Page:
Recruitment of control subjects was conducted at 3 of the same 11 hospitals: 1 university hospital in Fukuoka Prefecture, and 1 university and 1 national hospital in the Kinki region. Eligible control subjects were inpatients and outpatients without neurodegenerative diseases recruited from departments other than neurology (i.e., orthopedic surgery, ophthalmology, otorhinolaryngology, plastic surgery, and oral surgery) during the period from April 1, 2006 to March 31, 2008. Controls were not matched to cases either individually or by group. A total of 528 patients were approached by their attending physicians or our research nurses for recruitment as controls; 372 agreed and 156 declined (response rate: 70%). The study protocol was approved by the ethics committees of the 11 collaborating hospitals and written consent was obtained from all subjects.

Information collection

Cases and controls filled out a set of 2 self-administered questionnaires and mailed them to the data management center or handed them to research nurses. Research technicians completed missing or corrected illogical data by telephone or direct interview. One questionnaire was used to collect information on "peak", as opposed to average, alcohol drinking status during a subject's lifetime. Subjects were asked to provide information on their drinking habits during the period in which alcohol consumption was the highest. We assessed drinking frequency, as well as volume of alcohol intake according to beverage types. The volume was subsequently converted to grams of ethanol, and values for each beverage type were added. The ethanol contents for calculation were as follows: 4.5% for beer, 15.5% for Japanese sake (rice wine), 25% for shochu (a distilled alcoholic beverage made in Japan), 12% for wine, and 43% for whisky. Both the daily and the weekly amounts of alcohol intake during the peak drinking period (for cases, only time prior to onset of PD) were estimated for each subject. The questionnaire also elicited information on several factors such as sex, age, smoking, education, and presence of medication history for hypertension, hypercholesterolemia, and diabetes. Although its validity has not been investigated, the questionnaire for this study was developed based on a comprehensive literature review of epidemiologic studies of factors associated with PD.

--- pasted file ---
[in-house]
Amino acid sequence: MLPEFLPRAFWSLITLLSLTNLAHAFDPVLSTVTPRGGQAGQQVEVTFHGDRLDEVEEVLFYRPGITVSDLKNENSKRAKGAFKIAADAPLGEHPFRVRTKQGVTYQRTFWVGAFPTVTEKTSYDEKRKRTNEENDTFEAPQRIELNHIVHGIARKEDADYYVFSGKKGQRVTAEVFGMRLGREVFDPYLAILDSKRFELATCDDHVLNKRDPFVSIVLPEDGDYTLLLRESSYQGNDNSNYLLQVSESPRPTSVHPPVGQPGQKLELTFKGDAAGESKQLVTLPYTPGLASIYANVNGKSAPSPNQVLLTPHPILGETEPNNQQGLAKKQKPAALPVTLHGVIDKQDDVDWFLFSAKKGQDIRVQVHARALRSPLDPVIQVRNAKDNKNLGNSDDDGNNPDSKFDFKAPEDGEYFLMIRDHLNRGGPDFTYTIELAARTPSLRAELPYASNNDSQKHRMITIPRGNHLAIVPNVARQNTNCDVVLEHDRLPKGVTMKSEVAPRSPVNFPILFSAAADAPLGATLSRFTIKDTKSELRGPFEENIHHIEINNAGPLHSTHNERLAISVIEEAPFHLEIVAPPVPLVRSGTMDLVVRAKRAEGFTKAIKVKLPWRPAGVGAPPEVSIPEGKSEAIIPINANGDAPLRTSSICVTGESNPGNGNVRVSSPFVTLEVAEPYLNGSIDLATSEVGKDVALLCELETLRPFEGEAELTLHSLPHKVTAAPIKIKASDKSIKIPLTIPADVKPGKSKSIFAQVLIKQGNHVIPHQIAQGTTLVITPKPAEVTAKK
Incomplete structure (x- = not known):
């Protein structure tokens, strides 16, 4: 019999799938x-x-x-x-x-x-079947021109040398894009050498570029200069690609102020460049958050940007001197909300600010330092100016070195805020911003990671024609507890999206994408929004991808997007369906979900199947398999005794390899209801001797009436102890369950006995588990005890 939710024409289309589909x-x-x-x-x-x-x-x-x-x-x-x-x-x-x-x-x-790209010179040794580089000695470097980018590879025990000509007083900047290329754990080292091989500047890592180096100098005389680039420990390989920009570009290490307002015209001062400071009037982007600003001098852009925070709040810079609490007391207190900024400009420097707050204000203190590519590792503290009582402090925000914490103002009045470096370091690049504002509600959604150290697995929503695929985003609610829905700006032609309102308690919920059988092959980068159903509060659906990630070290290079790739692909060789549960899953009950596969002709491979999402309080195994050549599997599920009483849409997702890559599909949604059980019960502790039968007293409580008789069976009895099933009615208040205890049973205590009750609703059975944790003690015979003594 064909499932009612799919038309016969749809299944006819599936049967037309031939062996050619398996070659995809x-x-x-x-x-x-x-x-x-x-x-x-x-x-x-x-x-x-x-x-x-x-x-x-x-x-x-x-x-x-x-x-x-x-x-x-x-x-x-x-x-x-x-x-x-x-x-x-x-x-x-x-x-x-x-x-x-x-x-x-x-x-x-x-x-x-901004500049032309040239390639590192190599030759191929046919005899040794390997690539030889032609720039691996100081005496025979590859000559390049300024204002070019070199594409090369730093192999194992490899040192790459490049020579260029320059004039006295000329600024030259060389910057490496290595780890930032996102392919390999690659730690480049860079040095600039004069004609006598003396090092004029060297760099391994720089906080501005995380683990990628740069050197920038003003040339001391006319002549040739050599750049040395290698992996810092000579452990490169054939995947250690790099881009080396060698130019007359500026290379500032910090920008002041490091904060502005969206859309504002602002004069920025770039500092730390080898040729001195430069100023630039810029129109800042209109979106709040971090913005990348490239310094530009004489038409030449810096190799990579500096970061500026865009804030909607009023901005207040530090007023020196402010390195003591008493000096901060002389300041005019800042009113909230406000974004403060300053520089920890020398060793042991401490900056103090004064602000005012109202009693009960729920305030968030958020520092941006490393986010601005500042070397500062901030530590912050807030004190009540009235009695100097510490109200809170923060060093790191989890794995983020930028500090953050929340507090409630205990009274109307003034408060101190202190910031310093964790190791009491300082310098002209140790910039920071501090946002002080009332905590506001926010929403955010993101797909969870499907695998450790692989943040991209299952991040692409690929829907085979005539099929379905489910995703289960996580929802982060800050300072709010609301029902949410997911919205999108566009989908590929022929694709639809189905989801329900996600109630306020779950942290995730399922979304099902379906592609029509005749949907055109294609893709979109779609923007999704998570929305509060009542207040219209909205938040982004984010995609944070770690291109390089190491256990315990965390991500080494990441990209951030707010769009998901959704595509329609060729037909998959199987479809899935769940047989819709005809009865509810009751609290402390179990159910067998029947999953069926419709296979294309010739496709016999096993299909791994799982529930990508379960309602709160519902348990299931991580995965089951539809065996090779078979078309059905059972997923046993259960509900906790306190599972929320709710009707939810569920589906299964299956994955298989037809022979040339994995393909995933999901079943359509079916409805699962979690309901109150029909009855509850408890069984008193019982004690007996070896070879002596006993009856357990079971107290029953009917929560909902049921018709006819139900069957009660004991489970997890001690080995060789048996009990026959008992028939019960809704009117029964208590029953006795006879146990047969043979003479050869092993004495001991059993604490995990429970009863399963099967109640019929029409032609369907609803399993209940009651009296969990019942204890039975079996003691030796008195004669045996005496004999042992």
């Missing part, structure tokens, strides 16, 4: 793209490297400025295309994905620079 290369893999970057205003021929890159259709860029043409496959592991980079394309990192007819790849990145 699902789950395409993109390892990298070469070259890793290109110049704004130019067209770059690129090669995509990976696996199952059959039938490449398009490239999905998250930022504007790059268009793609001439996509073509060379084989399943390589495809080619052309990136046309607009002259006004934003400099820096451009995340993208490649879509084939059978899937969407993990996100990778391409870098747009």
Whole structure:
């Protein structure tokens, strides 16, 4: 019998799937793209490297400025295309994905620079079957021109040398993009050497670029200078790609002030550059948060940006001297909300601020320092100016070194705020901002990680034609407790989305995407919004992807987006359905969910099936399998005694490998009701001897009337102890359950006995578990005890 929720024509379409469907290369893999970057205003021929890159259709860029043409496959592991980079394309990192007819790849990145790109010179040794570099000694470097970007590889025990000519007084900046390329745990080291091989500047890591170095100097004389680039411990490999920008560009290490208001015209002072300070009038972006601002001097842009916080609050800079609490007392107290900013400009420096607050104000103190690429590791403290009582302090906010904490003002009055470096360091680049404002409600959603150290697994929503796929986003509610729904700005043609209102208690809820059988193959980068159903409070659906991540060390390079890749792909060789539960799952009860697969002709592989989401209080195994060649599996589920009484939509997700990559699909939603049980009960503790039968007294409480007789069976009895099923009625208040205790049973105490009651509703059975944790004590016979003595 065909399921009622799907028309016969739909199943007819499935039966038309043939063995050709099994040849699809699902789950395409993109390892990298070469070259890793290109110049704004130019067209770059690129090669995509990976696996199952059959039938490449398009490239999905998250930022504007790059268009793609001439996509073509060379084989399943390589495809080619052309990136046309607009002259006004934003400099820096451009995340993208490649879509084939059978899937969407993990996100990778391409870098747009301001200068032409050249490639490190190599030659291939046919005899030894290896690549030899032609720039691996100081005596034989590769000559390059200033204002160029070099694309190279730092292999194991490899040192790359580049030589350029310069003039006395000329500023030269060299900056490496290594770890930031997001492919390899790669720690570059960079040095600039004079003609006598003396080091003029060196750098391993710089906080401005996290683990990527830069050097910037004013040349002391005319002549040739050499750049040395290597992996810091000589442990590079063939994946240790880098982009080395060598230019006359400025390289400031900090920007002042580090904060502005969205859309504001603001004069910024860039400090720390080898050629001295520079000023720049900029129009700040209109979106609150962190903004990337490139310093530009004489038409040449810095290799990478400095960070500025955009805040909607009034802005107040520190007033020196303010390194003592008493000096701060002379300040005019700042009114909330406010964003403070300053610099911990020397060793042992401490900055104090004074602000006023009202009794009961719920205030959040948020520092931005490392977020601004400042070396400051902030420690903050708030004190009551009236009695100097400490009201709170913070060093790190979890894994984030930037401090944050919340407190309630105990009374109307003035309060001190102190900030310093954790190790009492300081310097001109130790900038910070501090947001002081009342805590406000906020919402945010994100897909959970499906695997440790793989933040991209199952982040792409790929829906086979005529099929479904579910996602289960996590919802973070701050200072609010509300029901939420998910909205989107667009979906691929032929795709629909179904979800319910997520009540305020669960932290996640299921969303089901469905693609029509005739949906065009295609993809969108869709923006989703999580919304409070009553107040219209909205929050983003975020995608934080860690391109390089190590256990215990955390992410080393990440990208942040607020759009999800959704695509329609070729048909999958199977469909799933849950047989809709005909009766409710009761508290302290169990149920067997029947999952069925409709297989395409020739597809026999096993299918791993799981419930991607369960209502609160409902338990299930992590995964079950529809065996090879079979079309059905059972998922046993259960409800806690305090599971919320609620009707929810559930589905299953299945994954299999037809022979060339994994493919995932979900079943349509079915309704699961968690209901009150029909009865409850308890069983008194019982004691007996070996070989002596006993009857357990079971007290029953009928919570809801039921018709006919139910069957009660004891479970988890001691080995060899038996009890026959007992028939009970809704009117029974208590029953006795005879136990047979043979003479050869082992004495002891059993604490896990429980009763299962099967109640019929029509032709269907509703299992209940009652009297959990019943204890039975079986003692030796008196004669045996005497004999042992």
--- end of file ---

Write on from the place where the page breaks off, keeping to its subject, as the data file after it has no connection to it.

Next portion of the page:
Alcohol flushing status was evaluated via questions as a proxy for detecting inactive ALHD2 [25], as follows: (a) Do you have tendency to flush in the face immediately after drinking a glass of beer (yes, no, or unknown)? (b) Did you have a tendency to flush in the face immediately after drinking a glass of beer during the first to second year after you started drinking (yes, no, or unknown)? Subjects who answered, "yes" to question (a) were classified as "current flushing", whereas those who answered "yes" to question (b) but not to question (a) were classified as "former flushing". The remaining subjects were classified as "never flushing". Among cancer-free Japanese men, when current or former flushing individuals were considered to have inactive ALDH2, the sensitivity and specificity of the questions were 90.1% and 88.0%, respectively [25].

Dietary habits during the preceding month were assessed using a self-administered, semi-quantitative, comprehensive diet history questionnaire (DHQ). Details of the DHQ's structure, calculation of dietary intake, and validity for commonly studied nutritional factors have been published elsewhere [26]. Dietary glycemic index, a measure of carbohydrate quality, not quantity, was calculated as described elsewhere [27]. In a validation study of 92 Japanese women and 92 Japanese men, Pearson's correlation coefficients between the DHQ and 16-day weighed dietary records were 0.43 and 0.38 for caffeine, 0.42 and 0.49 for cholesterol, 0.42 and 0.48 for vitamin E, 0.63 and 0.58 for vitamin B6, 0.68 and 0.52 for iron, and 0.50 and 0.58 for the dietary glycemic index, respectively [26]; [S Sasaki, unpublished observations, 2006]. Except for dietary glycemic index, dietary variables were energy-adjusted using the density method (amount per 4184 kJ of energy). Body weight and height were self-reported as part of the DHQ. Body mass index was calculated as weight (kg) divided by the square of height (m).

Because we failed to obtain information on peak alcohol drinking from 69 former drinkers (32 cases and 37 controls), they were eliminated from the analysis. Also excluded were 2 cases without available information on peak drinking prior to the onset of PD and 1 case and 4 controls whose information on any of the alcohol-related factors was missing. After further exclusion of 1 case and 4 controls due to missing data on other factors under study, 214 cases and 327 controls were subjected to final analysis.

Statistical analysis